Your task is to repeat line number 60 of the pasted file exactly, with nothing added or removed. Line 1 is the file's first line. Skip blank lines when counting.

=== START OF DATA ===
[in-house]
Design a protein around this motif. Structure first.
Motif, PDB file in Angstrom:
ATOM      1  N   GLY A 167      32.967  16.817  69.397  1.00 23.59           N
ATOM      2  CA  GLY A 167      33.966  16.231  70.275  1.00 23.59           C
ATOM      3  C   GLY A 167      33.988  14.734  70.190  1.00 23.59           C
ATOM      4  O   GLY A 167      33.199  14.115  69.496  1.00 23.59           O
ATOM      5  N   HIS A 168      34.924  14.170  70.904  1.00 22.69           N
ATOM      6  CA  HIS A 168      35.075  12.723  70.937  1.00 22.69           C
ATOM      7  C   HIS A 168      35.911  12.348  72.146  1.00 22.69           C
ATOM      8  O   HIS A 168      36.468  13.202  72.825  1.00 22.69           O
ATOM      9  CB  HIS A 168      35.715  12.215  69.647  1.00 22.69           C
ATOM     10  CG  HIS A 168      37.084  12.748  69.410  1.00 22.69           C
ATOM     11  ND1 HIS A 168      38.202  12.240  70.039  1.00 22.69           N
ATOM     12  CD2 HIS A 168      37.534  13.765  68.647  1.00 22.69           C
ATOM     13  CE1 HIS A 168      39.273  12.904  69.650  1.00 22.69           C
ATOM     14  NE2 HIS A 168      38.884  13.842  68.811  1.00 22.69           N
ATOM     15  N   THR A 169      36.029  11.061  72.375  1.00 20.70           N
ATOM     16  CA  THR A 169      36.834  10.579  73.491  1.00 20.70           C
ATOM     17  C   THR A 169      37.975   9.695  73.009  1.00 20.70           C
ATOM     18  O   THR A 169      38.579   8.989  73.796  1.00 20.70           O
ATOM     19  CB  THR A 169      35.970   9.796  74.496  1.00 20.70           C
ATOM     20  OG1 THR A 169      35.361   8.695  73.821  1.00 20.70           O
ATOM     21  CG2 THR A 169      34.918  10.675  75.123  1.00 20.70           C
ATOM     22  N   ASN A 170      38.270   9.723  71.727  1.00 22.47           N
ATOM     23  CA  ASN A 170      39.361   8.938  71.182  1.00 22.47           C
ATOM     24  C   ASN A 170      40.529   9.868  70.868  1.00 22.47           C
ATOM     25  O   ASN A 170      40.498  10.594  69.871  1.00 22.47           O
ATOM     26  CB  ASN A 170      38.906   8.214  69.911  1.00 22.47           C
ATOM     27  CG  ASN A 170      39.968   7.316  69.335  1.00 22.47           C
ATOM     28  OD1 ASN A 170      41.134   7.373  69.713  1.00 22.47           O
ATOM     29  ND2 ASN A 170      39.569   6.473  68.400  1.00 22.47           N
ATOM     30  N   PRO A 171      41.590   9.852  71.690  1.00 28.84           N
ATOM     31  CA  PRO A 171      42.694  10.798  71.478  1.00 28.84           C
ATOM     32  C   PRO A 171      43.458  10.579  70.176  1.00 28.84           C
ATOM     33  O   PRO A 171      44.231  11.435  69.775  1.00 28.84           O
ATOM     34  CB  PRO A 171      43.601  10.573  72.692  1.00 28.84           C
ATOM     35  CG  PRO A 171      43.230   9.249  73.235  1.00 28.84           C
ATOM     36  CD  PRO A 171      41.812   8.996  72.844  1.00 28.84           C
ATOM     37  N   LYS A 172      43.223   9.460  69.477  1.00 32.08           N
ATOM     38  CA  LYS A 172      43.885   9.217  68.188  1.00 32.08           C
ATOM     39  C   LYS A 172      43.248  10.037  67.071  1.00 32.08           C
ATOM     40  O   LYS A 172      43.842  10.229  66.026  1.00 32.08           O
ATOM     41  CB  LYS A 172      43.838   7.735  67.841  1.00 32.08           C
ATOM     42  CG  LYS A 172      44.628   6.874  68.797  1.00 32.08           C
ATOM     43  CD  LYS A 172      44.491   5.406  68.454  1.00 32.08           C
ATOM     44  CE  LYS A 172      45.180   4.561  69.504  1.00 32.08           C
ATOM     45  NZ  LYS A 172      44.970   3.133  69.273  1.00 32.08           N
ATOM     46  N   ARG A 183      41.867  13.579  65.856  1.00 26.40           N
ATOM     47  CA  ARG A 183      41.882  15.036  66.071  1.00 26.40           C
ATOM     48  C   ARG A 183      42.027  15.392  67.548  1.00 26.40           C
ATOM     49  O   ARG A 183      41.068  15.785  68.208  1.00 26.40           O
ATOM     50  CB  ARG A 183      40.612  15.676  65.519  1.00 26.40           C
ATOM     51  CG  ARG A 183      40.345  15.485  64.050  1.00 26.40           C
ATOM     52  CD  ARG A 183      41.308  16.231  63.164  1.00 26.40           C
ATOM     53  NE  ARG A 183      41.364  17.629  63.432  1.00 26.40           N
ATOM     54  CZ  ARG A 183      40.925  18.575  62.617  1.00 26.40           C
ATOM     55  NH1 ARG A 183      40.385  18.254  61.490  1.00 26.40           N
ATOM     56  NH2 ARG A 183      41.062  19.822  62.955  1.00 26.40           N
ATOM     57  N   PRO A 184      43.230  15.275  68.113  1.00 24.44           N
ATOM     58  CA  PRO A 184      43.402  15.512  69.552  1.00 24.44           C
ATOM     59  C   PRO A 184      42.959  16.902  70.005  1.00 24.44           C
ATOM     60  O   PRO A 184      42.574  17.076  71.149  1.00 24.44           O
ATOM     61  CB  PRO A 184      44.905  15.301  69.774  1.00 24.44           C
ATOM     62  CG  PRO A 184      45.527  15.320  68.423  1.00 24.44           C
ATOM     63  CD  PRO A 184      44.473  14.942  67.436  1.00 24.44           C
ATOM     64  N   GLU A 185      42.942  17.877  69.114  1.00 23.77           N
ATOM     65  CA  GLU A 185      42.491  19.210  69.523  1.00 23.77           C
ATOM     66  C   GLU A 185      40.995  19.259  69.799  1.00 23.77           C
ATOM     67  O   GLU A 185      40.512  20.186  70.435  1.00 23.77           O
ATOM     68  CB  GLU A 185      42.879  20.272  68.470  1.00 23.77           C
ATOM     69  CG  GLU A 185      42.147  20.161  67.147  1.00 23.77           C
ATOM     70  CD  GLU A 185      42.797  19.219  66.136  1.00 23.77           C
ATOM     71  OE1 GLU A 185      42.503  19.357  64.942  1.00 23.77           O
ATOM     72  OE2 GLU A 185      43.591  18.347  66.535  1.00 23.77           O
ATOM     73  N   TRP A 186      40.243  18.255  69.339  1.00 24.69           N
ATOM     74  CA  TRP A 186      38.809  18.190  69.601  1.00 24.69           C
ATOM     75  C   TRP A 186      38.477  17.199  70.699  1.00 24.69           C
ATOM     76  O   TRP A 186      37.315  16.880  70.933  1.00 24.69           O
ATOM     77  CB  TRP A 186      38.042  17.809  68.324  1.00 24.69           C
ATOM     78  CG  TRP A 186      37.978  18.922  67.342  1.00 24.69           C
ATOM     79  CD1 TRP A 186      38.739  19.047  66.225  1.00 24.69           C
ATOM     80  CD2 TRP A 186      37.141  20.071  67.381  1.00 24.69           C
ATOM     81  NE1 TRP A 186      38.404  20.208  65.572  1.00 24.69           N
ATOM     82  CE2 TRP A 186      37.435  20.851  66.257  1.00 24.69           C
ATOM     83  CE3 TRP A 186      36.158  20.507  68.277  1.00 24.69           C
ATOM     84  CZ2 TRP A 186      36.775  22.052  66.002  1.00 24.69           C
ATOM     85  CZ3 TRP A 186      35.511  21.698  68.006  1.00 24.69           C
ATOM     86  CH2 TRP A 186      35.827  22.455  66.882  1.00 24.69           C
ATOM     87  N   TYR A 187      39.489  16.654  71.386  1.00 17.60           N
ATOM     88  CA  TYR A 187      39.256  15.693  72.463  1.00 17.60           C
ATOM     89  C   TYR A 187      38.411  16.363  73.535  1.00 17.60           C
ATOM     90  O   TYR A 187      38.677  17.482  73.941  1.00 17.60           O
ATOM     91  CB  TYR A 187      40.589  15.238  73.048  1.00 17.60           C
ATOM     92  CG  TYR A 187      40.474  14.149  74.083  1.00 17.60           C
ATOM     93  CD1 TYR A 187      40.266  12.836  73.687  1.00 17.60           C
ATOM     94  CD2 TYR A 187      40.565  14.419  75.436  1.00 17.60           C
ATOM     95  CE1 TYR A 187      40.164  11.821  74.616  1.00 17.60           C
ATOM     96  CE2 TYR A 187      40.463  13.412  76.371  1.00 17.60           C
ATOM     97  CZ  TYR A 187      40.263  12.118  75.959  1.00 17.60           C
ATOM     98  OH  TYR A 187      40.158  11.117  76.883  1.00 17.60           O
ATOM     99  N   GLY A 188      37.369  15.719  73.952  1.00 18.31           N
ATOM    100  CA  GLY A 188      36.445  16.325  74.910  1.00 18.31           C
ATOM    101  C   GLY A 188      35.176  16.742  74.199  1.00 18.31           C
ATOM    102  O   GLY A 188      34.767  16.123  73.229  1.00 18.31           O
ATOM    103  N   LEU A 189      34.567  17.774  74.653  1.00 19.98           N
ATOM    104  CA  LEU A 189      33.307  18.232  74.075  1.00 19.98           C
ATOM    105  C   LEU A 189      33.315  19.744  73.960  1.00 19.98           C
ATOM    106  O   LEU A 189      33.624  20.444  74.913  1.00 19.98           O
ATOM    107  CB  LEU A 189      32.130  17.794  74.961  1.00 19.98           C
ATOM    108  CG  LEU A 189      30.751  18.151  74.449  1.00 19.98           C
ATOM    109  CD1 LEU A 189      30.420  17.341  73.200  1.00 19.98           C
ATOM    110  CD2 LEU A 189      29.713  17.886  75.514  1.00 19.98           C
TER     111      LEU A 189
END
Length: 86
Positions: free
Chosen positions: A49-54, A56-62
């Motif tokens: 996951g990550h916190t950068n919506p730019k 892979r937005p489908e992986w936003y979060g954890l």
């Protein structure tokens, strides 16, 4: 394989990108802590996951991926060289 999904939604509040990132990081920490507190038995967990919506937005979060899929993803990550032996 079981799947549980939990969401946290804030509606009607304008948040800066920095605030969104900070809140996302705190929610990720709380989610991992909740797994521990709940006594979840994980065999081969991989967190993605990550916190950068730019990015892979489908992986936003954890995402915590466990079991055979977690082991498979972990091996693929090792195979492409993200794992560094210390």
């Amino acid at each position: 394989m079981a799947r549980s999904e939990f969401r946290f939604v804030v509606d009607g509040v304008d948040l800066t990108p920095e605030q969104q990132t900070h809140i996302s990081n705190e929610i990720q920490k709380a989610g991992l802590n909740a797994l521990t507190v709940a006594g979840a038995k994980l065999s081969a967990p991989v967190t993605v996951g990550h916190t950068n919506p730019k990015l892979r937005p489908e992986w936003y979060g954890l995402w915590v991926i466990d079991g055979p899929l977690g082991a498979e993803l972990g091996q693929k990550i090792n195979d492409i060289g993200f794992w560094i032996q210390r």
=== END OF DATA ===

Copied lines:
ATOM     57  N   PRO A 184      43.230  15.275  68.113  1.00 24.44           N